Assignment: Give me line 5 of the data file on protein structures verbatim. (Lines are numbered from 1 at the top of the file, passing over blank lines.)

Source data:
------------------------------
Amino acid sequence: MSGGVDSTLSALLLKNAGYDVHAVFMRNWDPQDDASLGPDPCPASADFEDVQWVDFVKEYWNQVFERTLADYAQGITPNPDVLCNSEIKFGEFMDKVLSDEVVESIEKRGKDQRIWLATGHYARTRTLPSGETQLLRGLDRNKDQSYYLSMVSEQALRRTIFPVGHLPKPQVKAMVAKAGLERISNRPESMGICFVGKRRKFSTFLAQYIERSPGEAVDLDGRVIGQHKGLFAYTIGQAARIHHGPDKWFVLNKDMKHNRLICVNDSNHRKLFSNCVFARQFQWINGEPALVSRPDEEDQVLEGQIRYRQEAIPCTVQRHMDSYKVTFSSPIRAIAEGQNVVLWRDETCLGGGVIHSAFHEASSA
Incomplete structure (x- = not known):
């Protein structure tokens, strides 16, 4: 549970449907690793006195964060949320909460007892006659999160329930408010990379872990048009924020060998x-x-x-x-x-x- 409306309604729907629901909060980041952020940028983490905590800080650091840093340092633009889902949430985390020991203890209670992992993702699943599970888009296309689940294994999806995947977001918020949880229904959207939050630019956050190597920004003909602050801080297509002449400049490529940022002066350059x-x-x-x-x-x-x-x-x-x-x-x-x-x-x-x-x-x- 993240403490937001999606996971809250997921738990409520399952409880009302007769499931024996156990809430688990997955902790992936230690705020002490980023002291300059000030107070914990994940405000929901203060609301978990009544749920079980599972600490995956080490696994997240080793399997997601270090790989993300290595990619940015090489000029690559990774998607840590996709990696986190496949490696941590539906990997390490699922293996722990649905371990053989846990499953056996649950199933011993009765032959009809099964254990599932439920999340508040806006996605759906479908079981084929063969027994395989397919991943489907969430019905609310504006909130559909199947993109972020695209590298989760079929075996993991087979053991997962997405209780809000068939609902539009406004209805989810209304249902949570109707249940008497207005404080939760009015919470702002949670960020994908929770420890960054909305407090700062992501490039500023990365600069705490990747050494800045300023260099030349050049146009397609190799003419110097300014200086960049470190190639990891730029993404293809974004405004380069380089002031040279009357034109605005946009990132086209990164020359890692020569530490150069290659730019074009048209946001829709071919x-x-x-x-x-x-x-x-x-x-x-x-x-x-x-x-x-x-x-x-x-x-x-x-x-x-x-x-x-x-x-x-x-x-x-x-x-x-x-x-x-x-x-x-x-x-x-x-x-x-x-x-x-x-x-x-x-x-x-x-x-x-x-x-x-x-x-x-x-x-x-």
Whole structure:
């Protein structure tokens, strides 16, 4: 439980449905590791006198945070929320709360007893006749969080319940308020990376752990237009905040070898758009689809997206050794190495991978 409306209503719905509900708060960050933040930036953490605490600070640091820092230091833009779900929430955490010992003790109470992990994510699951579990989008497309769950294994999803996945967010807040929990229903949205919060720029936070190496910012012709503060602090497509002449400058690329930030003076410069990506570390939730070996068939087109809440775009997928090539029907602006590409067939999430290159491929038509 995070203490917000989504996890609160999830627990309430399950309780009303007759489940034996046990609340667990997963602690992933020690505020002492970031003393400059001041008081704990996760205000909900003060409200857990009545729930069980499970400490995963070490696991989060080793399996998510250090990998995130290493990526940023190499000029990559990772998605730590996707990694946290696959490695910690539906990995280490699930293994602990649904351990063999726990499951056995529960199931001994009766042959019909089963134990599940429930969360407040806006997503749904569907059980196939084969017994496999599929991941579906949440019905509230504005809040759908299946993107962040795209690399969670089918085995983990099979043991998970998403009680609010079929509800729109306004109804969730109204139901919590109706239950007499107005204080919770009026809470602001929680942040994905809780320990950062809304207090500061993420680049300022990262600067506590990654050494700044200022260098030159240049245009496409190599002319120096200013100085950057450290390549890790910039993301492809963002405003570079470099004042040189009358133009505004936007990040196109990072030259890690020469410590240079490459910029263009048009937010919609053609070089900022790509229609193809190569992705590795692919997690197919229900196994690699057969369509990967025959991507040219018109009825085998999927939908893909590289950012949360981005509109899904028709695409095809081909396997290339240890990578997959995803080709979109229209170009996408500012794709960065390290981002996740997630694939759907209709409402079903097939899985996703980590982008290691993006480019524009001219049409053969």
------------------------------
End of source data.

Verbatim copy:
């Protein structure tokens, strides 16, 4: 439980449905590791006198945070929320709360007893006749969080319940308020990376752990237009905040070898758009689809997206050794190495991978 409306209503719905509900708060960050933040930036953490605490600070640091820092230091833009779900929430955490010992003790109470992990994510699951579990989008497309769950294994999803996945967010807040929990229903949205919060720029936070190496910012012709503060602090497509002449400058690329930030003076410069990506570390939730070996068939087109809440775009997928090539029907602006590409067939999430290159491929038509 995070203490917000989504996890609160999830627990309430399950309780009303007759489940034996046990609340667990997963602690992933020690505020002492970031003393400059001041008081704990996760205000909900003060409200857990009545729930069980499970400490995963070490696991989060080793399996998510250090990998995130290493990526940023190499000029990559990772998605730590996707990694946290696959490695910690539906990995280490699930293994602990649904351990063999726990499951056995529960199931001994009766042959019909089963134990599940429930969360407040806006997503749904569907059980196939084969017994496999599929991941579906949440019905509230504005809040759908299946993107962040795209690399969670089918085995983990099979043991998970998403009680609010079929509800729109306004109804969730109204139901919590109706239950007499107005204080919770009026809470602001929680942040994905809780320990950062809304207090500061993420680049300022990262600067506590990654050494700044200022260098030159240049245009496409190599002319120096200013100085950057450290390549890790910039993301492809963002405003570079470099004042040189009358133009505004936007990040196109990072030259890690020469410590240079490459910029263009048009937010919609053609070089900022790509229609193809190569992705590795692919997690197919229900196994690699057969369509990967025959991507040219018109009825085998999927939908893909590289950012949360981005509109899904028709695409095809081909396997290339240890990578997959995803080709979109229209170009996408500012794709960065390290981002996740997630694939759907209709409402079903097939899985996703980590982008290691993006480019524009001219049409053969």